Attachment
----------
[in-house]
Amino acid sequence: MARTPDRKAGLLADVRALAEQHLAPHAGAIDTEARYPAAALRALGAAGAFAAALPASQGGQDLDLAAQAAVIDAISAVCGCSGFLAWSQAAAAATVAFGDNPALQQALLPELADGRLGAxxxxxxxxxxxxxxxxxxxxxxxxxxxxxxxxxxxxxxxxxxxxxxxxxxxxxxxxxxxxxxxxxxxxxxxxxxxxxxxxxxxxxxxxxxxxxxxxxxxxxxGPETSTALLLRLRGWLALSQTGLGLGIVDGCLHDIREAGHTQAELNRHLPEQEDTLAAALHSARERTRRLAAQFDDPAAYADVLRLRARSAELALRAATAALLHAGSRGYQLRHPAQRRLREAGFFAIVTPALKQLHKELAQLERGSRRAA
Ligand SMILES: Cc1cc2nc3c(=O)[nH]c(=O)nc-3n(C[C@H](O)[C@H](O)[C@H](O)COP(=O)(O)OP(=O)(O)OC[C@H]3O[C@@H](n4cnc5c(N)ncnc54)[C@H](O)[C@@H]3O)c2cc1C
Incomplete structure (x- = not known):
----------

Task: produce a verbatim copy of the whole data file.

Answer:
[in-house]
Amino acid sequence: MARTPDRKAGLLADVRALAEQHLAPHAGAIDTEARYPAAALRALGAAGAFAAALPASQGGQDLDLAAQAAVIDAISAVCGCSGFLAWSQAAAAATVAFGDNPALQQALLPELADGRLGAxxxxxxxxxxxxxxxxxxxxxxxxxxxxxxxxxxxxxxxxxxxxxxxxxxxxxxxxxxxxxxxxxxxxxxxxxxxxxxxxxxxxxxxxxxxxxxxxxxxxxxGPETSTALLLRLRGWLALSQTGLGLGIVDGCLHDIREAGHTQAELNRHLPEQEDTLAAALHSARERTRRLAAQFDDPAAYADVLRLRARSAELALRAATAALLHAGSRGYQLRHPAQRRLREAGFFAIVTPALKQLHKELAQLERGSRRAA
Ligand SMILES: Cc1cc2nc3c(=O)[nH]c(=O)nc-3n(C[C@H](O)[C@H](O)[C@H](O)COP(=O)(O)OP(=O)(O)OC[C@H]3O[C@@H](n4cnc5c(N)ncnc54)[C@H](O)[C@@H]3O)c2cc1C
Incomplete structure (x- = not known):